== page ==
We’re just past the half-way mark for NaNoWriMo, and I’m thrilled to announce that I am right on schedule. I’ve finally managed to make some decent headway into this new story. It’s still no better than a very elaborate outline, but thanks to this challenge, I have managed to thread my way through some interesting scenes that I may not have written without the NaNo dashboard to act as my beacon light.
At this half-way moment, I’m starting to push past that wall of, “I can’t do this,” and want to share a light bulb moment for those out there who are still struggling to get a grasp on their story.
Write a synopsis.
I hear your gasps of horror. A few might have spewed out their coffee or tea. I appreciate that I’m recommending surviving one form of torture by using another, but this is why it’s worth giving a synopsis a try:
- Use it as a way to tell yourself the story. Once upon a time there was… and go from there. In those couple of pages, you can relate what happens to your characters at a very high level, and while you’re tapping it out, you’ll see where their motivations are weak and what you might want to give some more thought to.
- Allows you to see the forest and not the trees. The biggest challenge we have in writing a synopsis is boiling down a full length novel into several concise paragraphs. But if you don’t have the full length novel yet, then writing a synopsis is really a piece of cake.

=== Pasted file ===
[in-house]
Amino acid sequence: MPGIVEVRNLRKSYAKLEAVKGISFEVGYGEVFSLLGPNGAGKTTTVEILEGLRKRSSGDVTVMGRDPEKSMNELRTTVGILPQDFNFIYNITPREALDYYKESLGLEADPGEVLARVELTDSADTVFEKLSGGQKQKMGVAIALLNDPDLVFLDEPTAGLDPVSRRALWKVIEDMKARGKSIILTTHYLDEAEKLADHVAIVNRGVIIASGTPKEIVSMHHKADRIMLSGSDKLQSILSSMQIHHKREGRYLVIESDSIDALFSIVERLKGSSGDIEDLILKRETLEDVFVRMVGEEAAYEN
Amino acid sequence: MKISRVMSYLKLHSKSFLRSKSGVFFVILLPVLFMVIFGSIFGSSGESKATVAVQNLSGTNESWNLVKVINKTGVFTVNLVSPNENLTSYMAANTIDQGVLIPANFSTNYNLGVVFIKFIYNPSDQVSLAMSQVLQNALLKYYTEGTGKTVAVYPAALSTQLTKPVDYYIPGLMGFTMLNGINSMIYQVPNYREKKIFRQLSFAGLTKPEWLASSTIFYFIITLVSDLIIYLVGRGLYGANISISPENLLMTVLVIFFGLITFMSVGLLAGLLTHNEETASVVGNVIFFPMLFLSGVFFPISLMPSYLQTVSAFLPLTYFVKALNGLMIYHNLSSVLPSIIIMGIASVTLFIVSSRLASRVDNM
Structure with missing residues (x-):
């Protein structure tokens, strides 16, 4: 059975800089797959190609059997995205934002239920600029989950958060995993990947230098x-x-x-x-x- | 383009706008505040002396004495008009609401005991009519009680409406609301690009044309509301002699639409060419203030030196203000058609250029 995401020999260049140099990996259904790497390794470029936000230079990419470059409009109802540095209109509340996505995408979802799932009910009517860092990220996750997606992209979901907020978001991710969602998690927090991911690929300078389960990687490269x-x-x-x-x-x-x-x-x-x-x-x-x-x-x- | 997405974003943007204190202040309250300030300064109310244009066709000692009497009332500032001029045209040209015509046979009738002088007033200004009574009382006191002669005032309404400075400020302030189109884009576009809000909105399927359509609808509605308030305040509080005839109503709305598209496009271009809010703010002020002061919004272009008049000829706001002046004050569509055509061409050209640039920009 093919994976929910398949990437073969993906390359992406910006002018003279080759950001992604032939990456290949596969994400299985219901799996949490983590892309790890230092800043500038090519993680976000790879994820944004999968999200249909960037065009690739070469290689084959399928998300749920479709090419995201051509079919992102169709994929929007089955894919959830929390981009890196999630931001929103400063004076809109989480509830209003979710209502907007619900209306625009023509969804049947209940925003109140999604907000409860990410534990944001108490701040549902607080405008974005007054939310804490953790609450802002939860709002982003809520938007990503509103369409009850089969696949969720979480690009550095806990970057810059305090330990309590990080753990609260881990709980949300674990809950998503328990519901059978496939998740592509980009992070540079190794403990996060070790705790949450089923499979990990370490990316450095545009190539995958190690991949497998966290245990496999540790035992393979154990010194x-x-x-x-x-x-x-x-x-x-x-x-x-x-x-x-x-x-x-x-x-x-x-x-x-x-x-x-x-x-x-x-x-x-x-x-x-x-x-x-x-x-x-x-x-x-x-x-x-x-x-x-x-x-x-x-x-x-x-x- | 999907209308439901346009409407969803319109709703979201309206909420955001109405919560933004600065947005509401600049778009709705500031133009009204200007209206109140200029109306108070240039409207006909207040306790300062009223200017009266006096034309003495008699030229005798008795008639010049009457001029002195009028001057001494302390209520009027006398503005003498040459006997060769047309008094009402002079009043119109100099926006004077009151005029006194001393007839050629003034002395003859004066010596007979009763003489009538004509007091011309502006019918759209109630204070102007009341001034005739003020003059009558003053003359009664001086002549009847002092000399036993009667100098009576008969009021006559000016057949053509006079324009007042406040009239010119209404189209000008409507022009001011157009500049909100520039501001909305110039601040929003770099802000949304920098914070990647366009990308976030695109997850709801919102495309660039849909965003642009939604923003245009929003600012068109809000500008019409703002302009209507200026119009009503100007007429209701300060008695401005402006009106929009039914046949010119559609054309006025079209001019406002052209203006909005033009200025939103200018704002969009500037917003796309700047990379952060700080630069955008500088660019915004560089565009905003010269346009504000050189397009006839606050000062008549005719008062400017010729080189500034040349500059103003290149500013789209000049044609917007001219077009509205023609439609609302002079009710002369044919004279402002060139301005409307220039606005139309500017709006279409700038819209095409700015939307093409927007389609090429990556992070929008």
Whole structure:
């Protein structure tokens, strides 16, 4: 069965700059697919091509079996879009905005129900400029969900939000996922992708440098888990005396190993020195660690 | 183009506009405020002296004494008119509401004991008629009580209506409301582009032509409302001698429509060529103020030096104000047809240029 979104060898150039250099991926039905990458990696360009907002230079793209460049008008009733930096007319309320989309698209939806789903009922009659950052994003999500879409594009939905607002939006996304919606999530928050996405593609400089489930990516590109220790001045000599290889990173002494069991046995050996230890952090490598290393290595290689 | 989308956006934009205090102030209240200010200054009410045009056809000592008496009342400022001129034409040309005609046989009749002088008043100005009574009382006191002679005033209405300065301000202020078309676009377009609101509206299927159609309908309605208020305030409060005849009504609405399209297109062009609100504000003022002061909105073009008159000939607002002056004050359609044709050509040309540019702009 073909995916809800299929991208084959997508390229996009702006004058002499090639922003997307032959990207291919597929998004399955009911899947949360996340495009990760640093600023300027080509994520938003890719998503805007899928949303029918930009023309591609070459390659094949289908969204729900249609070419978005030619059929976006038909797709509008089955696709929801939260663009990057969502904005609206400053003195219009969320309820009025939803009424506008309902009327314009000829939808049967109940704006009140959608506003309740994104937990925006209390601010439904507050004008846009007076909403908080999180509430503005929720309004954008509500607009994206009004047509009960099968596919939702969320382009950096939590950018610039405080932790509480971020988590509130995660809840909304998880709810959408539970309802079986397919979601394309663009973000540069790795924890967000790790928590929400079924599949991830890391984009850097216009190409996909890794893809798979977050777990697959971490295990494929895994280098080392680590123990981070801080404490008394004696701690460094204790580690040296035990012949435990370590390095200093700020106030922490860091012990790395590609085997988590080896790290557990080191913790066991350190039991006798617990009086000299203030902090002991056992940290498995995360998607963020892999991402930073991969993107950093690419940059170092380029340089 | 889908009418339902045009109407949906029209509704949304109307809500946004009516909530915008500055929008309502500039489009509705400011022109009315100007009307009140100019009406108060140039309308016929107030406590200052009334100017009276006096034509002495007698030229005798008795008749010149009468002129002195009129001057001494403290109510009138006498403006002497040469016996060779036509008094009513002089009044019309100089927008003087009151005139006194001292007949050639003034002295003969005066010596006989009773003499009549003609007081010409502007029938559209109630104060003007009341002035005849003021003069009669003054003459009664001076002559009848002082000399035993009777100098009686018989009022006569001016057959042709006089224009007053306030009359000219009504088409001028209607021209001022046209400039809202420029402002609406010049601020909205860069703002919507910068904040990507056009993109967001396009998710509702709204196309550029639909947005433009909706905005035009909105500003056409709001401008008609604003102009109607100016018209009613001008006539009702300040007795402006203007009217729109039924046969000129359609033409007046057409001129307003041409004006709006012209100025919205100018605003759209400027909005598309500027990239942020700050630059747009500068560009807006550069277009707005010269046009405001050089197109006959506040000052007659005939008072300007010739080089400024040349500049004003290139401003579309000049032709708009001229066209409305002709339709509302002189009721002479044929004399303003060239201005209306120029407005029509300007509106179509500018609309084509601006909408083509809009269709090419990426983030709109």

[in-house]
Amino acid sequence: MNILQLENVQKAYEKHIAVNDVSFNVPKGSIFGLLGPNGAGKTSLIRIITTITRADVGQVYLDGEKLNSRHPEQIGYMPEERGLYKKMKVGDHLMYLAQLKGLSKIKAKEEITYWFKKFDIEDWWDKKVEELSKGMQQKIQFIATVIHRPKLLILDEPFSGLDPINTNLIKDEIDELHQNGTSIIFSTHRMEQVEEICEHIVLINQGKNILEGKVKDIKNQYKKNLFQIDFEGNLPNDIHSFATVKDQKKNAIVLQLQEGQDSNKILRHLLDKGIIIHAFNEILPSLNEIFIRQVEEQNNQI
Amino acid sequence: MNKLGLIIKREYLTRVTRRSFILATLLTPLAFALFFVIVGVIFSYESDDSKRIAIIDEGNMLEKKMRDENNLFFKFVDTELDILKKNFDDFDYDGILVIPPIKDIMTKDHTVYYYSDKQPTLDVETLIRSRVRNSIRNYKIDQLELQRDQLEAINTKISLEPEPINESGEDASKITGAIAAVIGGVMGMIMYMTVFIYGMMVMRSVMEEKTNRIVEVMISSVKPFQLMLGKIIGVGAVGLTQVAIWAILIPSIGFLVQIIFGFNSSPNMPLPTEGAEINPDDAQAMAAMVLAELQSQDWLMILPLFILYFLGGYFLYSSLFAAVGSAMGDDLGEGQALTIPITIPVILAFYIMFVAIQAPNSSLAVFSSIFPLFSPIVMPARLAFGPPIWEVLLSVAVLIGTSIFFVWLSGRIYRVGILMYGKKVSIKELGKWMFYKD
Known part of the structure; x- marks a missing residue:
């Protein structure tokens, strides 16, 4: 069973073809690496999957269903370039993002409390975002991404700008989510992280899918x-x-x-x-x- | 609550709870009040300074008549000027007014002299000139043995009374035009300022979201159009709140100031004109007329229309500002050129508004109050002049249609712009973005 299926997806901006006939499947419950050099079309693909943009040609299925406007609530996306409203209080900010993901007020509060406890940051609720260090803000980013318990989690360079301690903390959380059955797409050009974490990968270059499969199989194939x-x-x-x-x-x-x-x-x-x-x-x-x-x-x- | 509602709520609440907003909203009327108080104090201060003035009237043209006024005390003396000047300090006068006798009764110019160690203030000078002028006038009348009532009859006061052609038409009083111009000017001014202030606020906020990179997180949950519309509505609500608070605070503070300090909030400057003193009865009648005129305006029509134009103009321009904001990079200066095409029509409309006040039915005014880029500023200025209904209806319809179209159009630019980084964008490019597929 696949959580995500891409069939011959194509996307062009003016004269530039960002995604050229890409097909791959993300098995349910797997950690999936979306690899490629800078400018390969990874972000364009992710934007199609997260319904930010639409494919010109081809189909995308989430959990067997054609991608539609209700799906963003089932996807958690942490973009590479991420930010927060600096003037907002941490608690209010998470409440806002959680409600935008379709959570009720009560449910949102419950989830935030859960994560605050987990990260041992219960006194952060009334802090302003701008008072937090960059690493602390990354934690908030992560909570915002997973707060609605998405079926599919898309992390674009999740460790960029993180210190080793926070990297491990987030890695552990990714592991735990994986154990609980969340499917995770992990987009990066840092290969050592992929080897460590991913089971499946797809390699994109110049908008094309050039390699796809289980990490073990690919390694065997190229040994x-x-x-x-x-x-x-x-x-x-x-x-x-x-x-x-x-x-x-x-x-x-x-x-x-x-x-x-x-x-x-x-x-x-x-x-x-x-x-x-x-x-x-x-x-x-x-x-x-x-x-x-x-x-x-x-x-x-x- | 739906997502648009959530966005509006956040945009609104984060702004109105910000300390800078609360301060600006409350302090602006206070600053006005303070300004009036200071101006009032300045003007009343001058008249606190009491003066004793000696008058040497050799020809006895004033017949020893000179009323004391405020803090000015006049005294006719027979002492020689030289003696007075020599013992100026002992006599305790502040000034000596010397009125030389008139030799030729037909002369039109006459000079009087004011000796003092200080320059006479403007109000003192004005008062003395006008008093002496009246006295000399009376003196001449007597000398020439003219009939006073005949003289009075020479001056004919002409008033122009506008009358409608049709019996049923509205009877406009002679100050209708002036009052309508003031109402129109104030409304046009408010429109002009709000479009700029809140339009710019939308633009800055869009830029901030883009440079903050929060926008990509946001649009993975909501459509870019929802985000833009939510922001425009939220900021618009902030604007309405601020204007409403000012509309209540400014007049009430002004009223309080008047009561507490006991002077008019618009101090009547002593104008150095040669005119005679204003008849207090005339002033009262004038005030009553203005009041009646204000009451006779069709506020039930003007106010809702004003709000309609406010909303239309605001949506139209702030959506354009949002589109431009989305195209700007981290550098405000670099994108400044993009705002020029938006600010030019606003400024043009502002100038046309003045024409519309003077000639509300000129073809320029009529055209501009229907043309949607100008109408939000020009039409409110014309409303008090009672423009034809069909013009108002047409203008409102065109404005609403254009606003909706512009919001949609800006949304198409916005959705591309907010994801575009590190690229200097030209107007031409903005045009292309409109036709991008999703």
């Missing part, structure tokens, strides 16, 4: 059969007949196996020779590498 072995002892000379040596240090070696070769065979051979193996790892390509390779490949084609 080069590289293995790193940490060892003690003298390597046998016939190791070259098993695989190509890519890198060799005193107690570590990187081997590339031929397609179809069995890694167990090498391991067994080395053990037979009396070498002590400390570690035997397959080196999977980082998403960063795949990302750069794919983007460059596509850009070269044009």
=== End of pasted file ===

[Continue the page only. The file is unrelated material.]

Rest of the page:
- A funny thing happened to me on the way to the synopsis…the muse showed up. Without the pressure to write a scene or to make it perfect, the muse has full range to explore plot points that you may not have even considered. I found ideas just pouring out thanks to this exercise. By the end of it, I thought, hey, I want to read that. More importantly, I want to write that.
- Allows you to drag your characters through the mud and push them off a cliff before you’re emotionally invested in them. We all love our characters, and if you spend months, years (cough…several years) working with them, they become your children. This connection makes it that much harder to subject your darlings to the cruel tribulations which is the necessary component for a compelling page turner. But by writing a synopsis early, you haven’t invested that much time in them, and you can be as merciless as the story demands. Apologize to them later.
- No one has to actually see it, so the pressure is off, and if there’s no pressure, it will flow much easier than when you are facing an implacable deadline. Consider it practice.
- You will have just written a rough synopsis for when your novel is complete. Doesn’t that feel great?
Let me know what tips you’ve found during NaNo month to further your story or engage your muse.
If you’ve missed my previous NaNoWriMo posts (rants) and want to see just to see how zen I’ve become in two weeks (yes, it is possible–have hope), check out these related posts:
PS: Cross with me to the NaNoWriMo Finish Line